Home > Lloyd’s emerges as key player on Adani insurance

Lloyd’s emerges as key player on Adani insurance

14 October 2019

14 October 2019

The anonymous tip-off came via one of the many grassroots groups fighting to stop the Adani Carmichael coal project. It said that Lloyd’s syndicates from AXIS Capital and Canopius were negotiating to underwrite the Carmichael railway line construction.

Just over a week later, and only three days after we blew the whistle on the negotiations, the deal had fallen apart with both AXIS Capital and Canopius publicly withdrawing.

While this dirty little deal didn’t end up going anywhere, what the episode highlights is the role that the Lloyd’s marketplace could play in underwriting the construction of a massive new coal mine and rail line in the midst of a climate crisis.

Lloyd’s isn’t an insurance company but an insurance marketplace. People and companies tend to go to Lloyd’s and its syndicates when they have a particularly complex risk that they are finding difficult to insure directly with insurance companies. Considering that currently 16 of the biggest insurers in the world are refusing to insure all or some of the climate-wrecking Carmichael project, it is not surprising that Adani’s insurance broker Marsh is now looking around in the Lloyd’s marketplace.

The latest statement from Lloyd’s is that “to the best of our knowledge the Lloyd’s market is not knowingly involved with the project currently”. However, Lloyd’s has refused to act to prevent involvement with Carmichael coal in the future.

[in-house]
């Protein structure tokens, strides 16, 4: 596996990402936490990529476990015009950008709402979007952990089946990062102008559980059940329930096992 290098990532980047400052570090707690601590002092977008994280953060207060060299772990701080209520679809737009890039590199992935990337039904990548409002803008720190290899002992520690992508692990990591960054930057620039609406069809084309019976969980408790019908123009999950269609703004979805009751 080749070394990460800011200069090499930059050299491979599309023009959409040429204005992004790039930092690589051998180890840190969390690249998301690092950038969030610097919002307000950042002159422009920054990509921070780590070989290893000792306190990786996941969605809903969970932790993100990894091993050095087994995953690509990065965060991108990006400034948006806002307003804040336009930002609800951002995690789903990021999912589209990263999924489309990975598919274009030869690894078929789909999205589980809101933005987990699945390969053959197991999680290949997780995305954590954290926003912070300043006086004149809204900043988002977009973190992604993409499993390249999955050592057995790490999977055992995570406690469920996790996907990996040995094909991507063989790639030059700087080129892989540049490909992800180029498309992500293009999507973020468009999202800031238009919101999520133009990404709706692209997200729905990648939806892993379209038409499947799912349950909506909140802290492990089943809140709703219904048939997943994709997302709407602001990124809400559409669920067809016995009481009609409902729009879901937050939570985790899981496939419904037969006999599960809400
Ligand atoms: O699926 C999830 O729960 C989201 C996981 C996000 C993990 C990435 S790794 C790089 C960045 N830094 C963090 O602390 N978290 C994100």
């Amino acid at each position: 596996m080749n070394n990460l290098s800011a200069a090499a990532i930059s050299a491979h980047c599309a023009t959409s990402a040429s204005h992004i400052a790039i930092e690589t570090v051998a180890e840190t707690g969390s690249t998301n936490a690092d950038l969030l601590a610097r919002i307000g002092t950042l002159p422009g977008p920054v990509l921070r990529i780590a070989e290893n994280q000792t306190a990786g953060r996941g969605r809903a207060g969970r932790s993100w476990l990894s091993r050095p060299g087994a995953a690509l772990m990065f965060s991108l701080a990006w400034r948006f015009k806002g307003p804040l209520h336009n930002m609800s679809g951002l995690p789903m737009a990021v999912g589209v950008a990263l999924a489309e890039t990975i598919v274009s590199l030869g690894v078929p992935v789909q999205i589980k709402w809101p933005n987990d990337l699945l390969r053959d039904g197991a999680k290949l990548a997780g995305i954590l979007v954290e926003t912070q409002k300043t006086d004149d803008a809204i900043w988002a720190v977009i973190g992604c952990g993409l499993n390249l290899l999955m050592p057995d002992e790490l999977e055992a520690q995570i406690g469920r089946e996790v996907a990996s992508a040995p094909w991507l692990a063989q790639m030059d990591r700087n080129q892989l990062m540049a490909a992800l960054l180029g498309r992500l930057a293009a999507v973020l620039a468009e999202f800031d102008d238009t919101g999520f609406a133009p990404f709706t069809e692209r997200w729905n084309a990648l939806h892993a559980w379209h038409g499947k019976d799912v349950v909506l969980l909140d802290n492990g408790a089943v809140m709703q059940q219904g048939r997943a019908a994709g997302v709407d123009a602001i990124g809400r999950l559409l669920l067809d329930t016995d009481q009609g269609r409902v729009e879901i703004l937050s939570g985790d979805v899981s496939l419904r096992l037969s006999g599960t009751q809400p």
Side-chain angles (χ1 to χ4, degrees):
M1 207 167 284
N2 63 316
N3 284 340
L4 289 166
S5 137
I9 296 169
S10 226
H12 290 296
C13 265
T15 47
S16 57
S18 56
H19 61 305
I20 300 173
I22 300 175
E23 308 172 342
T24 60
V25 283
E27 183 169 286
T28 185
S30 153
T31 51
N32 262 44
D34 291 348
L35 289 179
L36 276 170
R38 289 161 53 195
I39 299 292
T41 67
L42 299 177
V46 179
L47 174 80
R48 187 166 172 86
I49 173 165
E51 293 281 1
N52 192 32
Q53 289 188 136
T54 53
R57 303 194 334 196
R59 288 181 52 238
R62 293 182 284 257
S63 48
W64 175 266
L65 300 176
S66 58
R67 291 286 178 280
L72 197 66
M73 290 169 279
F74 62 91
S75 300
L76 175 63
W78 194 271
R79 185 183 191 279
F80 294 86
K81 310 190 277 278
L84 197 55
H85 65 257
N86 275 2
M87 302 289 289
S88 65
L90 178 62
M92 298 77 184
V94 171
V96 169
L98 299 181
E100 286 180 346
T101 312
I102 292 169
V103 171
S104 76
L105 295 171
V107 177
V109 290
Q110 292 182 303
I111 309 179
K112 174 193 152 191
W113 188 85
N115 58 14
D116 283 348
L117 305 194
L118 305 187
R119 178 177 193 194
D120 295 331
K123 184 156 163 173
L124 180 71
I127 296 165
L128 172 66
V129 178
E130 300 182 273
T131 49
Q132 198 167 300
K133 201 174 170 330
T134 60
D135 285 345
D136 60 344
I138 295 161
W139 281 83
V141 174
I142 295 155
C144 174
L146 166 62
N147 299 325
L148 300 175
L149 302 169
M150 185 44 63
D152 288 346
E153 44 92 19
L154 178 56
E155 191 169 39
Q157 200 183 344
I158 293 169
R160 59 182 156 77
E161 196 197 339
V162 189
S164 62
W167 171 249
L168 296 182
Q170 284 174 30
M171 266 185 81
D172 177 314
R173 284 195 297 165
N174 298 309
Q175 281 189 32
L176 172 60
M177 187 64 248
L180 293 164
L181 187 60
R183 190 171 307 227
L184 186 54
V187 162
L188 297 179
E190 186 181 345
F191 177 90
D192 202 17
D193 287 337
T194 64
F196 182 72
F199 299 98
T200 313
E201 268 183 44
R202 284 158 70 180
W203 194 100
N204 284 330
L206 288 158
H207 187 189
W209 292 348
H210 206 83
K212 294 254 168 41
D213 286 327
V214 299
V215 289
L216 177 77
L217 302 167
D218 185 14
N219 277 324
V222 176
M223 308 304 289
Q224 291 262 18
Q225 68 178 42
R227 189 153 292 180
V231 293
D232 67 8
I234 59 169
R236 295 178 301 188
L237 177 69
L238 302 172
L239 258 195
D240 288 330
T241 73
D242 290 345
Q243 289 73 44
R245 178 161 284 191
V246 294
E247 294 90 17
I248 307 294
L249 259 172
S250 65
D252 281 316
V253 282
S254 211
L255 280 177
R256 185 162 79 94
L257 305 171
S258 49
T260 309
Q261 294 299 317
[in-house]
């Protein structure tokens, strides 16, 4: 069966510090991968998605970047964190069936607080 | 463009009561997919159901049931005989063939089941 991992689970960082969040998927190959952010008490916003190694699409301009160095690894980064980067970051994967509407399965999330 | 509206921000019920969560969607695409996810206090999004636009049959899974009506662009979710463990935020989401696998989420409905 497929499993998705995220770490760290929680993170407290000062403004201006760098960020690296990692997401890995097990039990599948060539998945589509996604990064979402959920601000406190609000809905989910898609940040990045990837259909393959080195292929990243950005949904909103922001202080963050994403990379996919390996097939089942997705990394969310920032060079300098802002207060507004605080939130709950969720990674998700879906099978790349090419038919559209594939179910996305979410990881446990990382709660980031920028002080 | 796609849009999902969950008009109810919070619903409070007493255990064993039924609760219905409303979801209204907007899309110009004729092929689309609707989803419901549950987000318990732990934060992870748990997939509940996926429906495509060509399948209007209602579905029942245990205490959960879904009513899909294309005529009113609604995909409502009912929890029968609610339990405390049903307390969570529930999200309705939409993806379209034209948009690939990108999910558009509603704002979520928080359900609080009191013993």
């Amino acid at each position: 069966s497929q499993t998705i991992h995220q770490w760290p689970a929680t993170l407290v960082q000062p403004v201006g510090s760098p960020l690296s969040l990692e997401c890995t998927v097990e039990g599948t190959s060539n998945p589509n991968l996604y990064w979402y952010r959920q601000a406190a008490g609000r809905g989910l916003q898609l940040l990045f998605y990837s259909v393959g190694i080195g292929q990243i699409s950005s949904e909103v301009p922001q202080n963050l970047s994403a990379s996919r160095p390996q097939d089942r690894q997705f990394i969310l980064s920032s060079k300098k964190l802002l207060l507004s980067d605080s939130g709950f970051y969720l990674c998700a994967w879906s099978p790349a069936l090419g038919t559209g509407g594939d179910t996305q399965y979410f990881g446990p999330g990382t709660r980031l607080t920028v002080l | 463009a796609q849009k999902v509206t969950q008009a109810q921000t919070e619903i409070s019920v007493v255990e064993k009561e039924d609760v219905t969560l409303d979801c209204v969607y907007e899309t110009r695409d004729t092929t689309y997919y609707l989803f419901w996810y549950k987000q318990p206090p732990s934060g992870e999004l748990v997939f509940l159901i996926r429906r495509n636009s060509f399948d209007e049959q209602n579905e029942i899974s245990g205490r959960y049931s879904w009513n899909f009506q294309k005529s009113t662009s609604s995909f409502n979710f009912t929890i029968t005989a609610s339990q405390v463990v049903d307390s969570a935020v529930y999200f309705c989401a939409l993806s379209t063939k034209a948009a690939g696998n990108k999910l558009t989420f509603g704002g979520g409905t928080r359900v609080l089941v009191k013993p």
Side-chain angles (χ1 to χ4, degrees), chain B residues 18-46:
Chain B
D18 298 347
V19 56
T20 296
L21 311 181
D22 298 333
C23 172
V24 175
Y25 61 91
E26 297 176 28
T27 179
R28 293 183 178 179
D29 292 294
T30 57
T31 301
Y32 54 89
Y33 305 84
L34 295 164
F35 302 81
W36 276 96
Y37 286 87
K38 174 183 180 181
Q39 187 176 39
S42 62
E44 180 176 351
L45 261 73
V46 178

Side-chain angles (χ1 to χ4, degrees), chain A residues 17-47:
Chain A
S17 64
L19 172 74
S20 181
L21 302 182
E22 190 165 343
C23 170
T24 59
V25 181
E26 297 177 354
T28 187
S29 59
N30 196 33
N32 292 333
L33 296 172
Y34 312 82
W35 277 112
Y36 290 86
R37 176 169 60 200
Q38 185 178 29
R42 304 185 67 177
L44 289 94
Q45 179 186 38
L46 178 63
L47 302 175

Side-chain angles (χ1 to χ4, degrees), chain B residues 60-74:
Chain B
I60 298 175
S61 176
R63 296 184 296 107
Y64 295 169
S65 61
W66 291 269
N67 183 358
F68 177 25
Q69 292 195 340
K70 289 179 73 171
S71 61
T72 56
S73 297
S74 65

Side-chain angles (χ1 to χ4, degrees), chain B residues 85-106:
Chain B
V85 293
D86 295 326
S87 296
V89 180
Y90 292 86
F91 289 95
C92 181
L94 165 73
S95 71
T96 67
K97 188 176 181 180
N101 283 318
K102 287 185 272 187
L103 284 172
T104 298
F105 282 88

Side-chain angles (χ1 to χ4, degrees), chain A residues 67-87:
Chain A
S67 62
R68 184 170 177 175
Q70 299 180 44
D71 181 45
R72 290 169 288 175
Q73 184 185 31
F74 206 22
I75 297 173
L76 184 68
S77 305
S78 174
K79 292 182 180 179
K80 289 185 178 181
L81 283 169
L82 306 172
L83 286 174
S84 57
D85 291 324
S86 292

This means that any moment now, insurers operating within Lloyd’s could strike a deal with Adani, which is why it is critical that Lloyd’s bans the coverage of Adani Carmichael in its marketplace immediately.

Lloyd’s has the power to act. In 2018 it banned its syndicates from participating in National Rifle Association (NRA) insurance programs in the USA. 

Earlier this month, Lloyd’s CEO John Neal refused to commit to banning coal underwriting at Lloyd’s saying, “Only in exceptional circumstances will we direct the market not to write a certain kind of business”.

Exceptional circumstances like catastrophic global warming? What’s more exceptional than a crisis which threatens every living thing on this planet?

The climate emergency is hitting the profits of insurance companies hard. They are the ones that pay out when floods, bushfires and storms strike, and they are doing so with increasing frequency.

Lloyd’s loyalty to the coal industry is misguided. It is not in its interest or anyone else’s to assist the expansion of the biggest single cause of global warming. Just as it did with NRA gun insurance, it needs to step in and prohibit any syndicate operating in its marketplace from underwriting the disastrous Adani Carmichael project. Any delay could see a deal done, and Lloyd’s fate as a climate criminal of the highest order sealed.

Take action. Contact Lloyd’s and ask it to join the 60 major corporations which have already ruled out support for the Adani Carmichael coal project: